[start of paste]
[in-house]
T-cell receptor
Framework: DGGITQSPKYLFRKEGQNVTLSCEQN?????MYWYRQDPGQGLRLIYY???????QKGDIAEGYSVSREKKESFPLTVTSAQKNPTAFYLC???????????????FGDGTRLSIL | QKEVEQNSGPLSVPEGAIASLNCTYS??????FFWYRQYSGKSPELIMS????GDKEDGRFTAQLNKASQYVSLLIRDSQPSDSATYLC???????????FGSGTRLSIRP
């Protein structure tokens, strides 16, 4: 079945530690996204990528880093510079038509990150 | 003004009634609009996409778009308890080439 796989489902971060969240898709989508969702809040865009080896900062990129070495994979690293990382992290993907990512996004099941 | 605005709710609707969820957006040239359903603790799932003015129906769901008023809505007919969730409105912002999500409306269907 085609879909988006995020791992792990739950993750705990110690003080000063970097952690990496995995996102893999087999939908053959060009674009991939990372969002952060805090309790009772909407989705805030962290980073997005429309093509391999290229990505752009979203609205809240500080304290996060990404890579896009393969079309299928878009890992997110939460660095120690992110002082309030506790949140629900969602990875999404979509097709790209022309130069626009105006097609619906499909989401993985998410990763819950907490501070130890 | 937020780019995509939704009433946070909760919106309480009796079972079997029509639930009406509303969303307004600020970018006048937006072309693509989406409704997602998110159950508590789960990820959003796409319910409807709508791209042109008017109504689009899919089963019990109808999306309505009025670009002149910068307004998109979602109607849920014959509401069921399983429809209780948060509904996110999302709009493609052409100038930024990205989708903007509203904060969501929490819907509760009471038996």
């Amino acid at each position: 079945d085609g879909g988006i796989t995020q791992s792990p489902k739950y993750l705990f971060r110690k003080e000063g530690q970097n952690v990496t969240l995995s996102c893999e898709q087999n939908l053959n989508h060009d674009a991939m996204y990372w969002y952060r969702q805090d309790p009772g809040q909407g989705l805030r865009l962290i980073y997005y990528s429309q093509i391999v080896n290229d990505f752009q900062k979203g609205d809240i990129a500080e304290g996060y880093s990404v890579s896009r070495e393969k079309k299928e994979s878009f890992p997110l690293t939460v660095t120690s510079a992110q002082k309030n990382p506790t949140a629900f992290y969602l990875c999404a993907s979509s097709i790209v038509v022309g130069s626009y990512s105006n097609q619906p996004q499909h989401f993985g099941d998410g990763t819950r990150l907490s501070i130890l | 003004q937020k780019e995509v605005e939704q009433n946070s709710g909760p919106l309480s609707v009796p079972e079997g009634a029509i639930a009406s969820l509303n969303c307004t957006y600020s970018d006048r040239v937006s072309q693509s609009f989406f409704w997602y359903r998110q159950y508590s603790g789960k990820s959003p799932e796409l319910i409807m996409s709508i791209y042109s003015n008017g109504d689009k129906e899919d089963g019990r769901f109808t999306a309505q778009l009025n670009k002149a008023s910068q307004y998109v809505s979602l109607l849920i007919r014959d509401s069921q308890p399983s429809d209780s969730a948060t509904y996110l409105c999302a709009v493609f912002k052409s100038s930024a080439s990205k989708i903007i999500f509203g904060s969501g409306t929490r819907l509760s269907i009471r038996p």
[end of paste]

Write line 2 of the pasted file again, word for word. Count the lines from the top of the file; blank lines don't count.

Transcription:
T-cell receptor